Another area of confusion, if not consternation, is when the flag is featured on clothing, be it winter hats with patriotic pompoms or flag-design bathing suits. It’s okay to wear such garments provided the clothing hasn’t been made using an actual flag, says Ann Byars, manager of youth education and civics at the American Legion headquarters in Indianapolis. “Many Americans simply want to express their patriotism and love of country by wearing an article of clothing or an item that has an image of the flag imprinted on it,” Ms. Byars says via email. The American Legion has long accepted the practice even as Ms. Byars highlights that “there are those that have differing opinion than that of the American Legion, so we are not able to say if you will offend anyone or not.”  

The Flag Code highlights a few exceptions to acceptable utilizations of an image of the American flag, including on seat cushions and holiday-theme paper napkins. It’s unacceptable, Ms. Byars says, to have “the image of a flag imprinted on single-use disposable items, items that one would sit or walk on, or items one would use for blowing their nose or cleaning food from their mouths.”

The United States has seen a demonstrable uptick in public displays of patriotism in recent years, with some people preferring to fly an American flag with 13 stars instead of 50, signaling a return to the revolutionary spirit of 1776. The same rules as flags with the full complement of stars apply to that one, Ms. Byars says, citing the U.S. Army Institute on Heraldry, where “any officially approved American flag, irrespective of the number or arrangement of the stars and/or stripes, may continue to be used or displayed until no longer serviceable.”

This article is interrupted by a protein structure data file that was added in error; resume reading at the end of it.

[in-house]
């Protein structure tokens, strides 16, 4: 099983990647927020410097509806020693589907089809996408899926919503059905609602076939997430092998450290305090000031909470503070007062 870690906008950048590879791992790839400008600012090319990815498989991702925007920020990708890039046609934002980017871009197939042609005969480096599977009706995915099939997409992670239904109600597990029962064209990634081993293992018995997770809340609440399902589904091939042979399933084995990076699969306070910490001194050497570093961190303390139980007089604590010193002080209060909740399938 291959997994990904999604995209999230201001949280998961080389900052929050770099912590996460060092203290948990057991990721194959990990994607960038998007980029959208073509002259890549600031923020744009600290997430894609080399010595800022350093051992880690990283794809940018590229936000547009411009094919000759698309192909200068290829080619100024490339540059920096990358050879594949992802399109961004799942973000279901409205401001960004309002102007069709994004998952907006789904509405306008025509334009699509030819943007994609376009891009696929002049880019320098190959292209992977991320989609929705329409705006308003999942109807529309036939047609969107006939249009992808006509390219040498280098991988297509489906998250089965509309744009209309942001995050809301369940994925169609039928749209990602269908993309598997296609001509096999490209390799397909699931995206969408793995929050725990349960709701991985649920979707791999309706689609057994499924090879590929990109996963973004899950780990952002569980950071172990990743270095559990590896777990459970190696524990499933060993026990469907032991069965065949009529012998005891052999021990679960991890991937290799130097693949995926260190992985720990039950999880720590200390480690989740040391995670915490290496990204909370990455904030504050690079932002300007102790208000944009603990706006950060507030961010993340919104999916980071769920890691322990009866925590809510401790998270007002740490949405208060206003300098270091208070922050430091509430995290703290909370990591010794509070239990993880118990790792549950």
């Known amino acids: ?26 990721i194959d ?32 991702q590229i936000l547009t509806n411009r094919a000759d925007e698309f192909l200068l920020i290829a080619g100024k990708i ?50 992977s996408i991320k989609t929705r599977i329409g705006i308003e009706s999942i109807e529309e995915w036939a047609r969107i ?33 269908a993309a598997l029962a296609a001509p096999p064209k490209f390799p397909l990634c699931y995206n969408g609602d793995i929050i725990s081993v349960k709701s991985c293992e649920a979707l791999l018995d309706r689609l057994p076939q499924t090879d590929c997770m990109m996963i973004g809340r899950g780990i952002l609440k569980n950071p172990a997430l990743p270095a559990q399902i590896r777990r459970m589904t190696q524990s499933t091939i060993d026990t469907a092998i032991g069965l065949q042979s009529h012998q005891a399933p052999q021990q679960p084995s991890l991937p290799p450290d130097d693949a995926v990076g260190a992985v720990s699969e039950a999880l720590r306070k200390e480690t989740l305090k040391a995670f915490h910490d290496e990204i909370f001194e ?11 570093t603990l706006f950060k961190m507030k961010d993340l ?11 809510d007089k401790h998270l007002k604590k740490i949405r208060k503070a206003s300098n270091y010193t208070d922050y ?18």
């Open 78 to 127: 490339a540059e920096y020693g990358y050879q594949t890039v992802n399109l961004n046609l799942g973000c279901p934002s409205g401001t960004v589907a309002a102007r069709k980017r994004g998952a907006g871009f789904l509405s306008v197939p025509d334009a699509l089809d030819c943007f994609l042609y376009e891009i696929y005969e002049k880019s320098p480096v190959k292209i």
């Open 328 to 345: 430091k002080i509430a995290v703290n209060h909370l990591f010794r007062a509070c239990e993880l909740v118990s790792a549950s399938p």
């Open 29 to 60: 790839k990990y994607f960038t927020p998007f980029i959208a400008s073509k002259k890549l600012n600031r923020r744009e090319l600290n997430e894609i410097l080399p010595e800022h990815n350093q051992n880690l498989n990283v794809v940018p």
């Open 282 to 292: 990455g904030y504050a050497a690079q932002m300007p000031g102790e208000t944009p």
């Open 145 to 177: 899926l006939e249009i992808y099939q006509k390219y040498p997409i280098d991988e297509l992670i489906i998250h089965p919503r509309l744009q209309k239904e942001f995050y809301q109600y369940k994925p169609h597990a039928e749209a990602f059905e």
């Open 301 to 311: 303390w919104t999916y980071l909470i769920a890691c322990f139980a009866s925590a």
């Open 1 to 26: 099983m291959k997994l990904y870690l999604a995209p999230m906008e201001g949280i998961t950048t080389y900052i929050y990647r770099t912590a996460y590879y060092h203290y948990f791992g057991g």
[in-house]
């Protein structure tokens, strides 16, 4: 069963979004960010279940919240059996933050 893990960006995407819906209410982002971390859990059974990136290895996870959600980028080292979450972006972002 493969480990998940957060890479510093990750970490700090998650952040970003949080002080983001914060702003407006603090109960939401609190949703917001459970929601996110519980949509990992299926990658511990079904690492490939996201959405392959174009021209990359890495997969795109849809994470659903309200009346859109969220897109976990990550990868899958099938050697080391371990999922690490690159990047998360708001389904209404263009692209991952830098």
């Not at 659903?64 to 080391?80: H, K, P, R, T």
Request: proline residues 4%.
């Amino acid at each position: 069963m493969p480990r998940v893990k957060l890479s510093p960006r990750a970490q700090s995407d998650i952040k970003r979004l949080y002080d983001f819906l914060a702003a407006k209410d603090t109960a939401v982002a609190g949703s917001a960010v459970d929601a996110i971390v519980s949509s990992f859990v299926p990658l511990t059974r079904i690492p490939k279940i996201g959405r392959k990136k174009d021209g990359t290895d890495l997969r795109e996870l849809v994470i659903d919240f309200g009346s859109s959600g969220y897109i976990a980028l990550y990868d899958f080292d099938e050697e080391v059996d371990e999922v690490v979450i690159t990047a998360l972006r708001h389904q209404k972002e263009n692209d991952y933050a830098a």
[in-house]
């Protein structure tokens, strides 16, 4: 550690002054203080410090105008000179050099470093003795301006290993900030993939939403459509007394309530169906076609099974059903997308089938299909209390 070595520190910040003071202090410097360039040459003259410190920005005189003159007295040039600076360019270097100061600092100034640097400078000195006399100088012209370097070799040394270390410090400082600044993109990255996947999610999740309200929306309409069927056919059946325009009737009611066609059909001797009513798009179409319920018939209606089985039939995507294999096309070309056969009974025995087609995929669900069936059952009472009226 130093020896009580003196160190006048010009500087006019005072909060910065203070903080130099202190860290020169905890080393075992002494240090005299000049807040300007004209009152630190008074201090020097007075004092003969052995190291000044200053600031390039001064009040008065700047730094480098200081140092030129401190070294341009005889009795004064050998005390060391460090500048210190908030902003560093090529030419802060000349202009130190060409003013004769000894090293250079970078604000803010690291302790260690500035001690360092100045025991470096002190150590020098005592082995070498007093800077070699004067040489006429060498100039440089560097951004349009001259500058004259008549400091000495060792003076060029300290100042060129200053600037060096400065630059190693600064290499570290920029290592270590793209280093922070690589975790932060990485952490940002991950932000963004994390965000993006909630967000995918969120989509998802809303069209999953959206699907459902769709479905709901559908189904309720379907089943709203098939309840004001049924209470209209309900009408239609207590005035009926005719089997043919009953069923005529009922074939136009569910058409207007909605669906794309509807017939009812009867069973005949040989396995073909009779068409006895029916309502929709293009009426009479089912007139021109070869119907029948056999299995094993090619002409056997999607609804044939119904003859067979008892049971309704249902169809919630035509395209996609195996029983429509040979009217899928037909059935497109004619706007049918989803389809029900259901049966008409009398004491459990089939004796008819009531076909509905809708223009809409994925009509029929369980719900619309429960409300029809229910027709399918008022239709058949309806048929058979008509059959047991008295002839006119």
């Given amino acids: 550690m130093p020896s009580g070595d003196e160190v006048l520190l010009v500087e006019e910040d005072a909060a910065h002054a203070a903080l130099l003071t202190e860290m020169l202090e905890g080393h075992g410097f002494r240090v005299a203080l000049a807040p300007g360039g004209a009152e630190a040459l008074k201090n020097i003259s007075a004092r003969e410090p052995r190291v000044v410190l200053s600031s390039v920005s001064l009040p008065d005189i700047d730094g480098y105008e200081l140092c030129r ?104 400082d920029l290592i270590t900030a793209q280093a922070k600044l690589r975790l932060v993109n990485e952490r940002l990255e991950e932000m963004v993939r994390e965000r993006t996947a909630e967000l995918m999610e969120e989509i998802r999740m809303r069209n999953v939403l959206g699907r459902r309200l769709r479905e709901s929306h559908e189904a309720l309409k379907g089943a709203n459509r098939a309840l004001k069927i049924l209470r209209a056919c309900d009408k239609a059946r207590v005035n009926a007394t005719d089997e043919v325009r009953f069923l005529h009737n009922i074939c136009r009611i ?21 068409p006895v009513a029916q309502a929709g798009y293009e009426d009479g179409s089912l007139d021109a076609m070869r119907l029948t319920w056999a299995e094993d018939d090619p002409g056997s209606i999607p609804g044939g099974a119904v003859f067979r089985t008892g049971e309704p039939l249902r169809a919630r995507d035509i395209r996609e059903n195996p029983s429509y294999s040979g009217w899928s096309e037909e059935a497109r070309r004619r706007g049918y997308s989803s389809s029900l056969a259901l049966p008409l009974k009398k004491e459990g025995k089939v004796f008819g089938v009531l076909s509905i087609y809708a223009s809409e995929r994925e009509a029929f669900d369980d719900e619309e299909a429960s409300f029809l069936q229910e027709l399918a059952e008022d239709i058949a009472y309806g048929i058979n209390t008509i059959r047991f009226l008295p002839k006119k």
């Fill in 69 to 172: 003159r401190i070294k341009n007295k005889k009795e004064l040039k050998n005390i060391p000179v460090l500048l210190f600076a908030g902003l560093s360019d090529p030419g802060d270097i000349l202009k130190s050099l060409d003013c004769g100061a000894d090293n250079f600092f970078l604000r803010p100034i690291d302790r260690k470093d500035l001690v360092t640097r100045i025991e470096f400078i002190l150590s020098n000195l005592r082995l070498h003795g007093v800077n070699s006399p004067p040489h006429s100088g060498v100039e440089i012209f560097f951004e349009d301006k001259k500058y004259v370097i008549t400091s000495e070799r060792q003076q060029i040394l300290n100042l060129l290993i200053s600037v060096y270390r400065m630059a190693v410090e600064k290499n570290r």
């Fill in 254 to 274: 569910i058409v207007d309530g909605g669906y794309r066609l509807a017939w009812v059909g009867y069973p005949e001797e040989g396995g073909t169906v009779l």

When a flag is tattered or otherwise rendered unserviceable, the American Legion says it should be disposed of in a ceremonial manner, preferably by burning it. The Legion takes a dimmer view of those who would burn the flag as a political statement. That’s still protected speech under the First Amendment, though an oft-proposed Flag Desecration Amendment would give Congress the constitutional authority to pass laws outlawing desecrating the flag for any reason.

The First Amendment also protects an individual or organization’s right to reconfigure the U.S. flag as a means of personal or political expression — including “Back the Blue” black-and-white flags that feature a blue strip to denote policing’s “thin blue line.” Similarly, it’s not uncommon during Pride Month to see American flags with the “rainbow” treatment hanging from L.G.B.T.Q.+-friendly homes or businesses.

It’s unclear whether those flags would be considered “desecrated” under the proposed constitutional amendment, and the American Legion is not going there.

“Our organization will no longer take any position or offer any other comment about any other flag other than the U.S. flag itself,” Ms. Byars says. “This position does not denote our organization’s support for, or non-support for any causes that may be represented by flags other than the flag of the United States.”


Thank you for reading . . . 
...Your support for The East Hampton Star helps us deliver the news, arts, and community information you need. Whether you are an online subscriber, get the paper in the mail, delivered to your door in Manhattan, or are just passing through, every reader counts. We value you for being part of The Star family.

Your subscription to The Star does more than get you great arts, news, sports, and outdoors stories. It makes everything we do possible.